6. Give your veg the gift of compost

December is a great time to use some of the homemade gold in your compost heap and work the goodness into your vegetable patch for next year. The contents of the compost heap, well-rotted manure or even composted bark can be worked into the bottom of the trench, where the worms will redistribute it to improve soil consistency. If your soil is very heavy, fork over the bottom of the trench before adding the organic matter in a generous layer and turning in the next spit.

Thinking of taking the plunge into home composting? It’s easier than you think and you’ll save money – check out our Short Introduction to Composting.

7. Pick veg and herbs for the festive table

In the vegetable garden you can carry on harvesting winter crops such as parsnips, kale, leeks, winter cabbage, spinach and Brussels sprouts. Don’t forget to pick Brussels sprouts from the bottom of the stalk upwards. Stake or earth up Brussels sprouts to prevent wind rock. If you have any cabbages or other plants in the cabbage family, make sure that they are protected with garden netting to protect the crop from hungry pigeons! You can have fresh herbs like mint and chives with your Christmas dinner if you move them indoors now and force them on a windowsill.

8. Beware downey mildew

Watch out for pale blotches and fuzzy grey mould on leaves of winter-flowering pansies that can be symptoms of downy mildew. Affected leaves will turn brown and gradually die. There are no fungicides available to treat downey mildew so remove infected leaves as soon as the discolouration appears and dispose of them.

9. Take cuttings now

Take root cuttings of suitable herbaceous plants. Propogating does take patience but the rewards far outweigh the wait. Not all plants are suitable but try some of these: Acanthus, anchusa, Anemone x hybrida, dictamnus, Echinacea purpurea, Geranium endressii, Gypsophila paniculata, Limonium latifolia, Papaver orientale, phlox (not variegated varieties), Primula denticulata, stokesia and verbascum. You can give your green fingers a helping hand with some organic rooting gel.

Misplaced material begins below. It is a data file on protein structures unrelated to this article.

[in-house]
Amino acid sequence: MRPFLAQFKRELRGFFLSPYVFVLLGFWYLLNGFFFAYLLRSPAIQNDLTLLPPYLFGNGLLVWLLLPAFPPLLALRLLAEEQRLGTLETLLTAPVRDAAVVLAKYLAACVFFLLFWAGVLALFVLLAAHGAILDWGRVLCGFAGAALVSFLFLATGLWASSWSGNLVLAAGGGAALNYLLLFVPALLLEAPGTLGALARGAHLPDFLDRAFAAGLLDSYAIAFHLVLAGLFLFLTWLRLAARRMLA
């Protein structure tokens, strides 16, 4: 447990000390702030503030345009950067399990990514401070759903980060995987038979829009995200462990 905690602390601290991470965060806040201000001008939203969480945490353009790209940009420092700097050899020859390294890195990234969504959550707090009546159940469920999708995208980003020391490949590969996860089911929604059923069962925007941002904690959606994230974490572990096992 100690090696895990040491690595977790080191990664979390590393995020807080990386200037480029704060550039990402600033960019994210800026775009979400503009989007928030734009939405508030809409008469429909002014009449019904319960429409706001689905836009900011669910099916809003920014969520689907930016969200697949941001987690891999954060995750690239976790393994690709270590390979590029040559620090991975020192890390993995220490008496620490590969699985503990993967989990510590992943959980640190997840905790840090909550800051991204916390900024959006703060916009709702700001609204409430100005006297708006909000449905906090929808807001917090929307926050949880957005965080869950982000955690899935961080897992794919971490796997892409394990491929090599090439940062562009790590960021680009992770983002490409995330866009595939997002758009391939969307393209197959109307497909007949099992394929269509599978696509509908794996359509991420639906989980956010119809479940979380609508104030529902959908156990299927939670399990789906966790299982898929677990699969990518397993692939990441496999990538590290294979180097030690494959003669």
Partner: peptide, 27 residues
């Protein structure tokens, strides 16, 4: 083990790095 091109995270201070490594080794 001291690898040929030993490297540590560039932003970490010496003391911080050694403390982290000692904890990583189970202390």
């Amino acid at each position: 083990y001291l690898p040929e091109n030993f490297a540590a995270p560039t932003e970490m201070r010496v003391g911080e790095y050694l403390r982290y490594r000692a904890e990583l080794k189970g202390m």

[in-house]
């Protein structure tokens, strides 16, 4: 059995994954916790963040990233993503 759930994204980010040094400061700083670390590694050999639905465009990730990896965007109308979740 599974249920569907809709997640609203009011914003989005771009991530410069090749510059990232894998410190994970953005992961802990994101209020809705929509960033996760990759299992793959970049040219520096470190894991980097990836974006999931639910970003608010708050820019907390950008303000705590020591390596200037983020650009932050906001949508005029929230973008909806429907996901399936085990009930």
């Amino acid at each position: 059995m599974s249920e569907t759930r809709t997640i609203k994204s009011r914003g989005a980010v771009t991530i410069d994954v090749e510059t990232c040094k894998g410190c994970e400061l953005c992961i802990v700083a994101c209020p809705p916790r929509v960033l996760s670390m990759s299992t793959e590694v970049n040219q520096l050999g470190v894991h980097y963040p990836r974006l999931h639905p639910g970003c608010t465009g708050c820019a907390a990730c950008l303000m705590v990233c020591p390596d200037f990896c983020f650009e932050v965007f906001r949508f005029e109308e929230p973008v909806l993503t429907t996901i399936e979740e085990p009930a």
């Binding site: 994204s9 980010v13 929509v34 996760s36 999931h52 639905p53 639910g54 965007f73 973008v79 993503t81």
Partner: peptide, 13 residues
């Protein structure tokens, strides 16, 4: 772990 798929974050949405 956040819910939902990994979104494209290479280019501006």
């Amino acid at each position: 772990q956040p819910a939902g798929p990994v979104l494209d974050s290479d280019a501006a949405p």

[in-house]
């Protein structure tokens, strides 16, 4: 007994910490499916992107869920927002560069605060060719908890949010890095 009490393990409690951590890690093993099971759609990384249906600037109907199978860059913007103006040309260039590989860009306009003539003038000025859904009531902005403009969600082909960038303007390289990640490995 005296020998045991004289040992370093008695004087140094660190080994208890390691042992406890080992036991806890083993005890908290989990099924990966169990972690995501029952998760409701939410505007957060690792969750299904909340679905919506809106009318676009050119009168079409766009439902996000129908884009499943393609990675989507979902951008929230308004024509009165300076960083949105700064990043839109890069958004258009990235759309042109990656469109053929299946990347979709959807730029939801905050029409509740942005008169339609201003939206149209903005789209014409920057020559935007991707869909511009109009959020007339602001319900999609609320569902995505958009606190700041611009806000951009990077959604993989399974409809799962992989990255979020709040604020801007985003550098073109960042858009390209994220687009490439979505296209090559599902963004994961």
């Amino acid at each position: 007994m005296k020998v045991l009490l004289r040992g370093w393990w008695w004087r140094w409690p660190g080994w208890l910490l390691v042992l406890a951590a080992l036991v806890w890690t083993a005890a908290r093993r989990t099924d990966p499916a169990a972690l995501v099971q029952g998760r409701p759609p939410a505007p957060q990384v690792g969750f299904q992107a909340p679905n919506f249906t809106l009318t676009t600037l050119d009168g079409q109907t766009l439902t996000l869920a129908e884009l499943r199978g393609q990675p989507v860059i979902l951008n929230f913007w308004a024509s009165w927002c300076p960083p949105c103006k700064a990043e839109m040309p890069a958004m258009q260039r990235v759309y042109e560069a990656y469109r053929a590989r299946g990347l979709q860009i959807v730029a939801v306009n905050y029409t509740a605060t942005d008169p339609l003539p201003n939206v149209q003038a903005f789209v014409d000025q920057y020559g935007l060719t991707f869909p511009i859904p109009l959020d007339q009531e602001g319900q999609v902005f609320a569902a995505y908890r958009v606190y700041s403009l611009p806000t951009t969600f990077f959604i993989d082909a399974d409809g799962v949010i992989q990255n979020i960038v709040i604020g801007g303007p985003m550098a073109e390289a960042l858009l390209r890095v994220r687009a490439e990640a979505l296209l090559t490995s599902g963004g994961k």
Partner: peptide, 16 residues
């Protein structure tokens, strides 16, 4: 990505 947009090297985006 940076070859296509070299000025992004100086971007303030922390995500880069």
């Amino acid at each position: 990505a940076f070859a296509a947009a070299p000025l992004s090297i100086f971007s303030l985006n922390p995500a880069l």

10. Put your garden to bed

There’s still a few final jobs worth doing before your put your feet up for Christmas. Check stored fruit and vegetables for signs of pest or disease attack. Don't forget that most herbaceous plants shut down completely in winter so add markers and labels to remind you where they are and stop you panicking in the spring. Give your roses a final check for mildew and if infected spray them immediately with a systemic fungicide like Rose Clear Ultra. Tuck one or two slug pellets (that is all it takes) around your more precious border plants, since slugs and snails are busy for most of the winter. Finally, give your garden one last tidy up – collect leaves using your mower (this also helps them break down faster into leaf litter) and add mulch to your borders where needed.


Angela's Bio

I've been a Horticulturalist with CountryLife Tullamore since April 2010. I am passionate about all things gardening and have been involved in the gardening industry from a young age as my family had an export plant Nursery and Garden Centre, where the seeds of my garden interests were sown. I have a National Diploma in Horticulture from Merrist Wood College, Surrey, UK. and a Certificate in Training and Continuing Education from National University of Ireland Maynooth. My experience has involved working and managing various Award Winning Garden Centres from 3 to 5 star grades. I also have delivered FETAC courses in Horticulture and evening classes at Athlone Institute of Technology – if you have a question or query on anything gardening related I would love to help!